Career Journeys: working in Biotechnology
Amritha Kharidehal shares how a placement during her MSc in Biotechnology has impacted her career in the sector.
|Year of Graduation
What path has your career taken since graduation?
I chose to do an Industrial Placement as part of the MSc Biotechnology course as I thought that this would be a great platform to gain some real-world work
experience. I joined Ingenza Ltd as a placement student and my placement project was based on developing a plate-based assay to detect activity of enzymes in a recombinant strain. At the end of my placement with Ingenza, I was lucky enough to find a job as a Research Assistant with them. They had a vacancy in the Downstream Processing Lab with the Team Lead of Biochemistry which is where I began my career in biotechnology.
While working at Ingenza I came face to face with the intricacies of research management while also improving my technical knowledge. I working in the Downstream Processing Lab for a year and then moved into the Molecular Biology team. After 3 years as a Research Assistant I was promoted to Scientist. Customer interaction is a vital part of working in the industry and an opportunity that is highly coveted. I was able to participate in a few of these meetings that helped to gain a thorough understanding of customer requirements and where my contribution fits in. In my last few months at Ingenza, I also worked as a Scientist in Fermentation where I gained further exposure to bioprocessing and thus gaining the experience of working in all core areas of expertise in the company. After 6 years at Ingenza, I moved back to India and found a part-time opportunity as a Freelance Editor in Life Sciences for six months. As part of this role I edited manuscripts to be published in various international journals and honed my communication skills in academic writing.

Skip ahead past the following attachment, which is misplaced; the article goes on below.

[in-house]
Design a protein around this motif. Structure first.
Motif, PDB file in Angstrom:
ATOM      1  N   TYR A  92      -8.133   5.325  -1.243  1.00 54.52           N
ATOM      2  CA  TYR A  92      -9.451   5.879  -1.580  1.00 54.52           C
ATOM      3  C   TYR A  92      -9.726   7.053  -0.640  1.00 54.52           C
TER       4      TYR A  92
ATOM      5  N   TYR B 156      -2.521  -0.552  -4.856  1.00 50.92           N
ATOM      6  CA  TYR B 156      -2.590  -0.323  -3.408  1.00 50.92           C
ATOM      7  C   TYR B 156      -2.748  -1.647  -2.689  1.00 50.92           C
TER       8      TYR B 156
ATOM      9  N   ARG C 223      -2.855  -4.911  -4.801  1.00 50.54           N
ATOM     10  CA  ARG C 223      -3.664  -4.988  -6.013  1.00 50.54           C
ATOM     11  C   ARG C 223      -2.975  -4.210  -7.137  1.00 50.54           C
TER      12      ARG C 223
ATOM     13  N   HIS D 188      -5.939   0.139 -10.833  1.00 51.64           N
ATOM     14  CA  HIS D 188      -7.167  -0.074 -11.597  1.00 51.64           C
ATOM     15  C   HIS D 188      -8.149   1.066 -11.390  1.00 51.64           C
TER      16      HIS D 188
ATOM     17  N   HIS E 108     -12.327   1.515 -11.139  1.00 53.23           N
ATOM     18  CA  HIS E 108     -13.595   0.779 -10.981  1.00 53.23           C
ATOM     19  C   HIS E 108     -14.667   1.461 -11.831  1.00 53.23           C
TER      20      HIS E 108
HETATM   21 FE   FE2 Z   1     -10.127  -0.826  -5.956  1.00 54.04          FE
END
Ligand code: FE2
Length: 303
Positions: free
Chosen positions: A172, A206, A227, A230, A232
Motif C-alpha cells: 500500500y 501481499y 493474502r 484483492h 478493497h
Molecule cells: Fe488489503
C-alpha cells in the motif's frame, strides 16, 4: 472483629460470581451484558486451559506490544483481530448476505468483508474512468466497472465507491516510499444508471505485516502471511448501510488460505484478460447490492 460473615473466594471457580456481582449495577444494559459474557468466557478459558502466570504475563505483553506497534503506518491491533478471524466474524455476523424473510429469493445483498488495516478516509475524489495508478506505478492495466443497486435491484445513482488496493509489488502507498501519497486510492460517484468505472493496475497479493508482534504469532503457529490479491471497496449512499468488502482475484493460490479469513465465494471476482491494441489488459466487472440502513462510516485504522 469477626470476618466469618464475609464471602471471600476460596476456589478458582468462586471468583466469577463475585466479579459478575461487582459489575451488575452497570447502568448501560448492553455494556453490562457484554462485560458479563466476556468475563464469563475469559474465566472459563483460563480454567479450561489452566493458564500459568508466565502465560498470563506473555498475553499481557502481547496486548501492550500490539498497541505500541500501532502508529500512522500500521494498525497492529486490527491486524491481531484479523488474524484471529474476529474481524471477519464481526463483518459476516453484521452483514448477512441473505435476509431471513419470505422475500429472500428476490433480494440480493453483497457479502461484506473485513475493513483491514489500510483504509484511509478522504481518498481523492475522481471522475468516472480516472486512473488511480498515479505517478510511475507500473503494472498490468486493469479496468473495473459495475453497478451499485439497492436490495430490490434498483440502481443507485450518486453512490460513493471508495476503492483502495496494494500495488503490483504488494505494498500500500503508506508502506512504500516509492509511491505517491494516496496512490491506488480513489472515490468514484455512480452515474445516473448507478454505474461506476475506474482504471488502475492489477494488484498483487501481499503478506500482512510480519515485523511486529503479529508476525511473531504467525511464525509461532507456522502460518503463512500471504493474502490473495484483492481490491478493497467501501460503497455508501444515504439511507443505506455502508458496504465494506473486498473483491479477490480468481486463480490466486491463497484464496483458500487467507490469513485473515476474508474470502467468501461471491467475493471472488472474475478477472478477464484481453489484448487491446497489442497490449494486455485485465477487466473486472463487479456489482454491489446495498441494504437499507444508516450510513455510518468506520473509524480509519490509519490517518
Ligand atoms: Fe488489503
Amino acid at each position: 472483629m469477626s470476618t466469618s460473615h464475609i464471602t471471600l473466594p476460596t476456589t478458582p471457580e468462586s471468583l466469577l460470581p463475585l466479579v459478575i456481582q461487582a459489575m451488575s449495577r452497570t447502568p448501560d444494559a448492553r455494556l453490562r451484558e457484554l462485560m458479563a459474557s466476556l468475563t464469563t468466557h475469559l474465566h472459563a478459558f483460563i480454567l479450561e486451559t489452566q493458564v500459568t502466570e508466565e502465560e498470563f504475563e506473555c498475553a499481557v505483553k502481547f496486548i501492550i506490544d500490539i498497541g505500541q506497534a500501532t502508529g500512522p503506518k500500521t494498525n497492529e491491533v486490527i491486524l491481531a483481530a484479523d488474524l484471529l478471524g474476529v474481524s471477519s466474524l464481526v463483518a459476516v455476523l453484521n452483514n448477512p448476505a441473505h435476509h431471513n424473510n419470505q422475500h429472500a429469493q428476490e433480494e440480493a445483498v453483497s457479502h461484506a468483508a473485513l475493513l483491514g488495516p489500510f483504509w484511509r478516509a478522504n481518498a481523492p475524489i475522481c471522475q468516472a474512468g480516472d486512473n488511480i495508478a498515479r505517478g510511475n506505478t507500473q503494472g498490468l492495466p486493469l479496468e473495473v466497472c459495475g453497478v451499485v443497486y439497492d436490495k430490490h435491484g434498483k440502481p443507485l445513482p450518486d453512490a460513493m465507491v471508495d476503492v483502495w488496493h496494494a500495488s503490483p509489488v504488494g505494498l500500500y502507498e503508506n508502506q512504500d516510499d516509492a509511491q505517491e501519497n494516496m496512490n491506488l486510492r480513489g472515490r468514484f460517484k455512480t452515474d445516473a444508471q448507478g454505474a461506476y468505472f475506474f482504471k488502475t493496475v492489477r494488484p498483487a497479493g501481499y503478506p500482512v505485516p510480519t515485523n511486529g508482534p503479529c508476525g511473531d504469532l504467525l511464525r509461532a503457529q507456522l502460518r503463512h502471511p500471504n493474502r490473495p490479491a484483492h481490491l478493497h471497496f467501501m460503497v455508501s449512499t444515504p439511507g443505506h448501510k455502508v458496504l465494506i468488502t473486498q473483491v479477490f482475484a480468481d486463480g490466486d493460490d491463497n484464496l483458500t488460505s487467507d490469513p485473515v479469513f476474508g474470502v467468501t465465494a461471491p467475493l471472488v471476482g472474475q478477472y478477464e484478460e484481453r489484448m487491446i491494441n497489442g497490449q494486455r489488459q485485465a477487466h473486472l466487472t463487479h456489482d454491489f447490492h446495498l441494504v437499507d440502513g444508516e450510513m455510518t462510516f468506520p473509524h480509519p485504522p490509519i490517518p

I am now currently exploring the best possible options to further grow in my career and am applying to PhDs where possible and also to full-time job opportunities. As there are limited vacancies available I am also using this time to enhance my skills through online courses and also developing my hobbies to maintain a good work-life balance. To limit the financial impact of my circumstances on day-to-day life I have also recently started working part-time as a subject matter expert contracted with Chegg India.
What experiences do you feel helped you get to your current position?
A vast amount of lab experience is required to be successful in research and I believe that this exposure at the academic level in both my undergraduate and postgraduate courses greatly helped me to get my first job. I addition to this, my enthusiasm to learn new skills and adapt to requirements helped me thrive in a highly competitive environment.
I also actively participated in eVolve- the University of Edinburgh’s volunteering society. I went to events involving beach clean ups, helped with refurbishing some of Gorgie City Farm and also assisted the elderly. It was personally a very gratifying experience to be a part of this society and also meet fellow volunteers with a unified goal to help others.
What advice would you give to students who are interested in your area of work?
My advice to anybody interested in pursuing a career in Biotechnology would be to focus on enhancing your skills in lab techniques very early on in your education so that you have the confidence to take these up independently.
One you have built strong fundamental skills through learning by doing, you will be able to learn new techniques faster and apply this to your advantage – by problem solving, troubleshooting and developing an innovative mind-set. As change is the only constant in Research & Development, the ability to learn swiftly and credibly apply your knowledge is very important in determining the course of your career.